Psycho-Pass Season 1 Episodes 3 and 4 Liveblog Chat Thingy!

How to participate in the liveblog chat:  Option 1: Whenever you watch the episode, comment on this post as you watch with whatever responses you feel like posting! Option 2: Go to http://webchat.freenode.net/. Enter a nickname, then for the Channels field enter ##rabbitcube, and finally fill in the Captcha and hit Connect! We’ll be watching Psycho-Pass and commenting there starting at 1:00 p.m. EST. That’s one hour earlier than normal!

I’ll update this post with the chatlog after the liveblog.
ETA: Chatlog under the cut!
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Captain's Log, Weekly Digest 66

A summary of the past week of posts to my in-character Star Trek Online Tumblr, chronicling the adventures of E.N. Morwen, a science-loving and thoughtful young woman trapped in a galaxy of warring space giants.

  • Planetary Survey: The Inverse and Phoenix conduct a planetary survey of the planet Vinwar.
  • Leviathan: Morwen, Saga, and Regina Bartholomew-Moriarty go out into Vinwar’s oceans to search for a disappeared shuttle.

As the flag officer of a fleet or tactical group, Starfleet regulations also require Morwen to provide a Fleet Status Report briefly summarizing the current status and mission of all ships under her command, every Stardate that’s a multiple of 10. But we didn’t have one of those this week because “The First of the Conquered” ended up being really long and I missed several days worth of updates.

Vlog Review: Star vs. the Forces of Evil S1E5

 
Sorry this is late, I messed up queueing. Reminder that Patreon backers can see these videos 4-5 weeks early AND Near-Apocalypse articles four MONTHS early!
Those of you who follow on Tumblr, for whatever reason the videos don’t play there. Click through to JedABlue.com to watch.

Whacked out old fraud! (Paging the Crime Doctor)

Near Apocalpyse of '09 Logo
Well, this is a first for this series: an episode of which I have absolutely no memory whatsoever. Which leads me to suspect I never actually saw it, because it’s pretty damn memorable.

It’s September 17, 1993, two days after “Mudslide” and four after the “Shadow of the Bat” two-parter, so I’m still going to save news and charts for that entry. This is, in fact, the last episode of the first season to air, a day after “The Worry Men,” the final episode of the season in production order.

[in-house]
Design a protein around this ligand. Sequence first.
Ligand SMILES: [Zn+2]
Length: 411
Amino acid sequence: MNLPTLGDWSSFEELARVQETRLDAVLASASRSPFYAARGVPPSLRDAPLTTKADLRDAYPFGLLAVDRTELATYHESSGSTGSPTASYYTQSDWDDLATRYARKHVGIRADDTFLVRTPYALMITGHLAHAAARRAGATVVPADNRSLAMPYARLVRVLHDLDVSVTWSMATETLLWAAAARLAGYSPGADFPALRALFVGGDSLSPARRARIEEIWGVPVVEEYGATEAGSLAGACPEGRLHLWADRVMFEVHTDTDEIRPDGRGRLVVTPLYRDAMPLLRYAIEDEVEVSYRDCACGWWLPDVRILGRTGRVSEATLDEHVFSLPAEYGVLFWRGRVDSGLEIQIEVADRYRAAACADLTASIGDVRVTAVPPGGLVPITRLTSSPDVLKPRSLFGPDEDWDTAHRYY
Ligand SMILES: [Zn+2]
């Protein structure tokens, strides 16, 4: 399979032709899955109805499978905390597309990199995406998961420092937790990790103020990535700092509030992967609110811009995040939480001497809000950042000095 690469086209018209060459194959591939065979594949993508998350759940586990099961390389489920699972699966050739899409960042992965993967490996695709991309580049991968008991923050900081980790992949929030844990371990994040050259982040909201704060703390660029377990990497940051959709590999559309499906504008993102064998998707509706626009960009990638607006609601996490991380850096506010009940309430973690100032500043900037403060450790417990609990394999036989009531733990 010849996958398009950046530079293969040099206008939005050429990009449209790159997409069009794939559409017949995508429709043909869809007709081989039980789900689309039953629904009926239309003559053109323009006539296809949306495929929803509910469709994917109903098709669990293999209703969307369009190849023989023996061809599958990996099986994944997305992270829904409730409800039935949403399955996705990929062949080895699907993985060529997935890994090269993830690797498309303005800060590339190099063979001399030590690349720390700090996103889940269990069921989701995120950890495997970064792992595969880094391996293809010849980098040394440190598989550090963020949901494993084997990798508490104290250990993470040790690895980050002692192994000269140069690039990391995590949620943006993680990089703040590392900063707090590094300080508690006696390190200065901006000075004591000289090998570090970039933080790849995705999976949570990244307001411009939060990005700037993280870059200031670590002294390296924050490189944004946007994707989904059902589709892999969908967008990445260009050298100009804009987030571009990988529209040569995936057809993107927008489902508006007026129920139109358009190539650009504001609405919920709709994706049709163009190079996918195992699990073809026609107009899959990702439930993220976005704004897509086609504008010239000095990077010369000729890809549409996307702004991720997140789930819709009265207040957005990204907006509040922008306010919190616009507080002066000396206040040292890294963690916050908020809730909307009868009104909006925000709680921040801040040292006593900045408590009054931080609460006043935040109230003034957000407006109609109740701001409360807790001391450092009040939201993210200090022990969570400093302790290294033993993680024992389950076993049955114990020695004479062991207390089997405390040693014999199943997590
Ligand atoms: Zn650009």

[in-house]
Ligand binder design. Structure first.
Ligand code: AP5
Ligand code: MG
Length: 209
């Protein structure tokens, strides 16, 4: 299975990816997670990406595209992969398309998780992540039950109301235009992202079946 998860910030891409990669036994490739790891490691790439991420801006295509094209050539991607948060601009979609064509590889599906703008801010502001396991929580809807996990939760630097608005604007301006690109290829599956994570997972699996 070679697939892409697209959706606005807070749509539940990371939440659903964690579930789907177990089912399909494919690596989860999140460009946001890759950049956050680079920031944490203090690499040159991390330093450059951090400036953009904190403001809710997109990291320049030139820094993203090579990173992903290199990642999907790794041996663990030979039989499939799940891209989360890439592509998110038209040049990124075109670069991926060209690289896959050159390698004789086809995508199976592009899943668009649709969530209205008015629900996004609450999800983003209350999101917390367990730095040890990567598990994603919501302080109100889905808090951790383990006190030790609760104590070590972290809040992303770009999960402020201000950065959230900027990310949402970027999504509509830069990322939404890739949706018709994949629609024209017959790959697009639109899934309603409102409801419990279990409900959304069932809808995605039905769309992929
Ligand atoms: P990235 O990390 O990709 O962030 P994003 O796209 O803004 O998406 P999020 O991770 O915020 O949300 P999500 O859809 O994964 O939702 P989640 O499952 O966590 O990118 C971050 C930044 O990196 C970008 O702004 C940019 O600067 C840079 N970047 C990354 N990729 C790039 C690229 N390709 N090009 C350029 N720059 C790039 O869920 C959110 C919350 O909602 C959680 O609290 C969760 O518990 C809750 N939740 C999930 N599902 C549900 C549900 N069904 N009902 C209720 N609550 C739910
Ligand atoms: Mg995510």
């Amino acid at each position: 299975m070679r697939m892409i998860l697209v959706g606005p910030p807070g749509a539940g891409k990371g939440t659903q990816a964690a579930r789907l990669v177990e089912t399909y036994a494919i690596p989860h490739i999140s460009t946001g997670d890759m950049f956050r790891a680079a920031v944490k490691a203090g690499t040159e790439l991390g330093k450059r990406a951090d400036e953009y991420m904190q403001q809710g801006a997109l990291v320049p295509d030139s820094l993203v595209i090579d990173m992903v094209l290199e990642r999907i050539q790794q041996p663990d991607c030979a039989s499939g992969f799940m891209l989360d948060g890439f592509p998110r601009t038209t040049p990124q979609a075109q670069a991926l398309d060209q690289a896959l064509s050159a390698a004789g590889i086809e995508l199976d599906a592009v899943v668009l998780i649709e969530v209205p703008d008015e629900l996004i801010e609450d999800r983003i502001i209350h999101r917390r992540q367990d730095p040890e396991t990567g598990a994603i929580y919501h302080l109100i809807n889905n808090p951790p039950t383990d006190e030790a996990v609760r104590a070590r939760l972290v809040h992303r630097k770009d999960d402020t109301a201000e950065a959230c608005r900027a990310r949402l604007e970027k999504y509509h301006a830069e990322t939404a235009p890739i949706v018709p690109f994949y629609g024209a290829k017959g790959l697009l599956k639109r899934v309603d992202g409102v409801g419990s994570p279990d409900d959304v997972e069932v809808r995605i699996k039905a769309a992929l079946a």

“Paging the Crime Doctor” is an interesting place to stop, since it reaches to before the beginning, to the youth of Thomas Wayne. More than Batman or the episode’s villain, Rupert Thorne, this episode focuses on two of Wayne’s medical school friends, Leslie Thompkins and Matt Thorne, the latter of whom is the titular Crime Doctor.

Much is left unsaid in the relationship between the Thorne brothers. Matt takes care of the injured criminals Rupert brings him and keeps Rupert’s secrets, but is that because it’s the only way to continue to practice medicine without his license? And Rupert provides Matt with equipment, a safe place to work, even a nurse, but is that because he feels responsible for Matt losing his license (which appears to have been because Matt failed to report Rupert to the police when he came for help with a bullet wound) or because it’s a convenient way to get medical treatment for people involved in his criminal enterprises without drawing the attention of the authorities?

The key, I think, comes in a line Rupert never finishes because he’s interrupted by a heart attack: “After I gave up everything so–” A story unfolds from that line: two brothers, one with dreams of medical school, the other delving ever deeper into corruption and crime to support him. There is a web of debt and responsibility tying these two men together, perhaps after brotherly love has been buried in regrets and recriminations. Each feels they owe something to the other; each is bound to the other. In this they are an inversion of the Stromwell brothers from “It’s Never Too Late”; where the Stromwells were driven apart by one’s criminality, the Thornes are brought together, even though in both cases the non-criminal brother is dedicated to the care of others and repulsed by his brother’s choice of career.